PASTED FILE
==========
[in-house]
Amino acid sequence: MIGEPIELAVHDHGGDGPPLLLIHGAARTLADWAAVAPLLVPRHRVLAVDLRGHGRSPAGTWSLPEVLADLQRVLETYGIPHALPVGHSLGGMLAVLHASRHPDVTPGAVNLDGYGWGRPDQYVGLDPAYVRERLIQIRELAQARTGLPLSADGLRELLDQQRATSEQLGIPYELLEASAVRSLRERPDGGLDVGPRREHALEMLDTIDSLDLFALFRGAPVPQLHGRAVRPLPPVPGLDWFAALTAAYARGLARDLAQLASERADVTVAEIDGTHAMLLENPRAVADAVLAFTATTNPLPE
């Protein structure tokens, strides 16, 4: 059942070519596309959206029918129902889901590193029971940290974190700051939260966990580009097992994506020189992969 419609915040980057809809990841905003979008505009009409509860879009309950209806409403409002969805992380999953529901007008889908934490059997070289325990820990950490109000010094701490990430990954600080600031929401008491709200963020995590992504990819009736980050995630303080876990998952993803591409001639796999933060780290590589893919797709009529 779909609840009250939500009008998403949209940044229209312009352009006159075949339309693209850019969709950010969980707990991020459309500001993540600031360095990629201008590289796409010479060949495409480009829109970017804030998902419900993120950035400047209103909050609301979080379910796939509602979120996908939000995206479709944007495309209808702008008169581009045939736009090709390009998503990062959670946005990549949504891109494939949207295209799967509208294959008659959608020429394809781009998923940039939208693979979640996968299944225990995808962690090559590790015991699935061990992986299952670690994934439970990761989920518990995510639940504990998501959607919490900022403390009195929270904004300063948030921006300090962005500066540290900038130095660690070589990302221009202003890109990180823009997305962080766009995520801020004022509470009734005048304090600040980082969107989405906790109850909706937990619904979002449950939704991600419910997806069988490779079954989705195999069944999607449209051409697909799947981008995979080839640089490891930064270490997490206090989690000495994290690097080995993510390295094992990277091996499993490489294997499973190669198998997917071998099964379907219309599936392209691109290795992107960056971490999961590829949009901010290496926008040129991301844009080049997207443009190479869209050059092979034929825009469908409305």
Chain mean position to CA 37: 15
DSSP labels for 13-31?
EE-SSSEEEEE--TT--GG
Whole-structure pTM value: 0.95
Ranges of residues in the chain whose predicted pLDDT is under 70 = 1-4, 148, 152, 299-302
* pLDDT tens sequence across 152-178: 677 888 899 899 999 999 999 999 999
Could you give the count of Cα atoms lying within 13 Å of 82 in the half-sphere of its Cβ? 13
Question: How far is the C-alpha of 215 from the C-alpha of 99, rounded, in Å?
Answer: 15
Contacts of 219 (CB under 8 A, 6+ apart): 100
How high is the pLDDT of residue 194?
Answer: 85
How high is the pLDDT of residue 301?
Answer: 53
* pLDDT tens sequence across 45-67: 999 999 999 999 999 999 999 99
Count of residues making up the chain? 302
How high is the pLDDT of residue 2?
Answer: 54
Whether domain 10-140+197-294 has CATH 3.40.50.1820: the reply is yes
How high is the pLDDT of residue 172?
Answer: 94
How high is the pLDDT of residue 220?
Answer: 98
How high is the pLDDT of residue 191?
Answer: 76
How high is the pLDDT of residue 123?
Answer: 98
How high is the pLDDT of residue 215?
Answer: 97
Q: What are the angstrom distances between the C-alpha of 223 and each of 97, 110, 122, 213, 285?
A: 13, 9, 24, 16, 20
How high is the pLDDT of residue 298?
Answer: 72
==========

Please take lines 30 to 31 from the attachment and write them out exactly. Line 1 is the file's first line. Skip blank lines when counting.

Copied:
Answer: 98
How high is the pLDDT of residue 215?